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Form abqjournal.com

RESERVE – U.S. Fish and Wildlife crews fly above the forests of Catron County in a helicopter. A nearby airplane relays the location of a Mexican gray wolf. Fresh snow has made the animals easier to spot from the air.

“Starting pursuit,” the helicopter crew broadcasts over the radio.

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From the White Mountain Independent:

PINETOP — Residents of Alpine, Arizona and Reserve, New Mexico and surrounding areas may notice a low-flying helicopter in the region between Jan. 22 and Feb. 4 as biologists conduct their annual Mexican wolf population survey and capture.

The flights are part of the Mexican Wolf Recovery Program, a multi-agency cooperative effort among the U.S. Fish and Wildlife Service (FWS), Arizona Game and Fish Department (AZGFD), U.S. Forest Service, U.S. Department of Agriculture Animal and Plant Health Service Inspection Service – Wildlife Services, and the White Mountain Apache Tribe.

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From the San Francisco Chronicle and the Associated Press:

ALBUQUERQUE, N.M. (AP) — Wildlife managers are investigating the death of an endangered Mexican gray wolf found last month in New Mexico.

Officials with the wolf recovery team are waiting for the results of genetics testing to determine the pack from the animal came. They did not release any details about the circumstances of the animal’s death or where it was found.

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From The Sacramento Bee and the Associated Press:

The death of a Mexican gray wolf and injuries to another prompted environmentalists on Tuesday to call on New Mexico lawmakers to ban trapping on public land.

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From the El Defensor Chieftain:

With the release of the 2018 report from the U.S. Department of Fish and Wildlife, New Mexico cattlegrowers are concerned about the effectiveness of the Mexican gray wolf reintroduction program. The report showed that the total number of wolves that died in 2018 was 17, five in November alone. That’s the highest number of wolf fatalities in a single year since the program began in 1998.

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From the Santa Fe New Mexican:

Different methods are in the works to keep the threatened Mexican gray wolf and cattle apart in a decades-long conflict between wildlife activists and ranching interests.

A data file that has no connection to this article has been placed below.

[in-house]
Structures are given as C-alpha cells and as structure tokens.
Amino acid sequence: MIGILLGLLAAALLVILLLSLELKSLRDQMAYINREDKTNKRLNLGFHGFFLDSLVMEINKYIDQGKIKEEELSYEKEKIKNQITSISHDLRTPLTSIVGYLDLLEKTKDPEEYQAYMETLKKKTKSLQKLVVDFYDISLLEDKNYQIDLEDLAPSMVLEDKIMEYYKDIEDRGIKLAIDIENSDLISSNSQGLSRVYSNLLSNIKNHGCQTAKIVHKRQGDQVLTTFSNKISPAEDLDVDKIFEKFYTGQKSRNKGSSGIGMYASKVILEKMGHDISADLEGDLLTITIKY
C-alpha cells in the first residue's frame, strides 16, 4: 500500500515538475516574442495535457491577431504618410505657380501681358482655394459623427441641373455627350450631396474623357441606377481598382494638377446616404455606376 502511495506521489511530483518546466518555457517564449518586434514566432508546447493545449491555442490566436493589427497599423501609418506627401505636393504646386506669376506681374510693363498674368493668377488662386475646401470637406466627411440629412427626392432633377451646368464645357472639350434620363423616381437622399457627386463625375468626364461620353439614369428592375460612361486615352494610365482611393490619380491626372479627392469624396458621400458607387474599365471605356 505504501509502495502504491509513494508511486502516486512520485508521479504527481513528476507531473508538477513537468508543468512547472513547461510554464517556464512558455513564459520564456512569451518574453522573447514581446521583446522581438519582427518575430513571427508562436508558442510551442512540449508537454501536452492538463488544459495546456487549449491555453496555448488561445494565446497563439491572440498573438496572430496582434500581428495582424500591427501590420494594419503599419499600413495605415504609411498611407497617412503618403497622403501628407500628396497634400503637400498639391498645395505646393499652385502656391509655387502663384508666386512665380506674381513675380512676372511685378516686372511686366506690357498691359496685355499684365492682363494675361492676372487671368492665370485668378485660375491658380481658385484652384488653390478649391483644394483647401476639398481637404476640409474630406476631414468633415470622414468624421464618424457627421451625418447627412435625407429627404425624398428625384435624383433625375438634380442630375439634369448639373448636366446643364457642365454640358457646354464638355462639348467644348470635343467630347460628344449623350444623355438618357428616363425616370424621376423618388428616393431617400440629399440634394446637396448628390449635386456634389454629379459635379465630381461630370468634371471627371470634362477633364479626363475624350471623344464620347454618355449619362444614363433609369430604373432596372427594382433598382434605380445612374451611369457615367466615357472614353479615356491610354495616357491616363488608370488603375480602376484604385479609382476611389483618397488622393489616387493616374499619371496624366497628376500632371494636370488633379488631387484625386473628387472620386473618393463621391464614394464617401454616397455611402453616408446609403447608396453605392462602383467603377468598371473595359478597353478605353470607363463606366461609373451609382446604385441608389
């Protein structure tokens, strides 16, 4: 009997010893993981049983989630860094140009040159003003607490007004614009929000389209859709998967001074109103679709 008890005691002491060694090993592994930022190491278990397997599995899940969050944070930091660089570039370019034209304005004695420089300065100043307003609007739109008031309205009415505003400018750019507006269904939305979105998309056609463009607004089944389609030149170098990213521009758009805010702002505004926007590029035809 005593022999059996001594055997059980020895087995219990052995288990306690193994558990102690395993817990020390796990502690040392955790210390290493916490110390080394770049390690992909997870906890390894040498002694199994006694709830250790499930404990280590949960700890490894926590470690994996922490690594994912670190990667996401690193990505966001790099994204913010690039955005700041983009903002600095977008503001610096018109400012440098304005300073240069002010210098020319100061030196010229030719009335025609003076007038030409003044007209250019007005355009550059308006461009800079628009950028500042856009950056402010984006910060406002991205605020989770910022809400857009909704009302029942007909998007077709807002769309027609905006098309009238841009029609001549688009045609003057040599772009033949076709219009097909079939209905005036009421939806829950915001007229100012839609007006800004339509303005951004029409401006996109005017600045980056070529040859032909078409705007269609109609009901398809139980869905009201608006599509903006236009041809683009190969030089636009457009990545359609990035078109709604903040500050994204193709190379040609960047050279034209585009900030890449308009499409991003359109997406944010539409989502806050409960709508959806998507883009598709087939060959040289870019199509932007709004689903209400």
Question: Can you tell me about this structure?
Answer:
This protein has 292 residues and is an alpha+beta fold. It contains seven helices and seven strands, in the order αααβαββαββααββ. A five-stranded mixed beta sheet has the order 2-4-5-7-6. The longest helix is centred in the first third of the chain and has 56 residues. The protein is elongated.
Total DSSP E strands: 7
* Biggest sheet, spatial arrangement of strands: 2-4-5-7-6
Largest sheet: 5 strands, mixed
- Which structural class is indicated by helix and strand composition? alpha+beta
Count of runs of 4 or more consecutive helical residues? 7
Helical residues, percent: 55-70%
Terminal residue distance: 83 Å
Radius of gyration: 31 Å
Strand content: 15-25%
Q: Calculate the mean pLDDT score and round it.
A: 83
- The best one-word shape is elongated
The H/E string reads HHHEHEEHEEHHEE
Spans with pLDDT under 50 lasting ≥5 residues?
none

Whether the methods will be successful — or even accepted — remains uncertain.

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From WTTW.com:

A Mexican wolf pup born this spring at Brookfield Zoo and released into the wild as part of a species recovery program was tracked down in New Mexico and is healthy, the zoo announced this week.

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From Albuequerque Journal:

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From Artesia Daily Press:

ALBUQUERQUE, N.M. (AP) — State wildlife officials are reviewing the federal government’s plan for recovering endangered wolves that once roamed parts of New Mexico, Arizona and northern Mexico.

A draft was recently released by the U.S. Fish and Wildlife Service as the agency works to meet a court-ordered deadline to have the plan completed by the end of November.

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From Daily Miner:

The Arizona Game and Fish Department was monitoring 58 endangered Mexican wolves wearing radio collars at the end of May, the department reported in its latest update.

The overall population of the wolves in the wild in Arizona and New Mexico was 113 at the end of 2016.

Annual surveys are conducted by field teams in the winter when the population has the least amount of natural fluctuation. The spring population increases dramatically with the birth of new pups and declines throughout the summer and fall as mortality is particularly high on young pups.

Wolves with functioning radio collars are listed by studbook number in the pack updates. They’re given an identification number preceded by capital M (male) or F (female) for adult wolves and lowercase letters for wolves younger than 24 months.

Arizona Game and Fish was tracking 10 different packs of wolves in May. The Baldy Pack was not located during the month. It has been more than three months since the Baldy Pack was located and their fate is now considered unknown.

 

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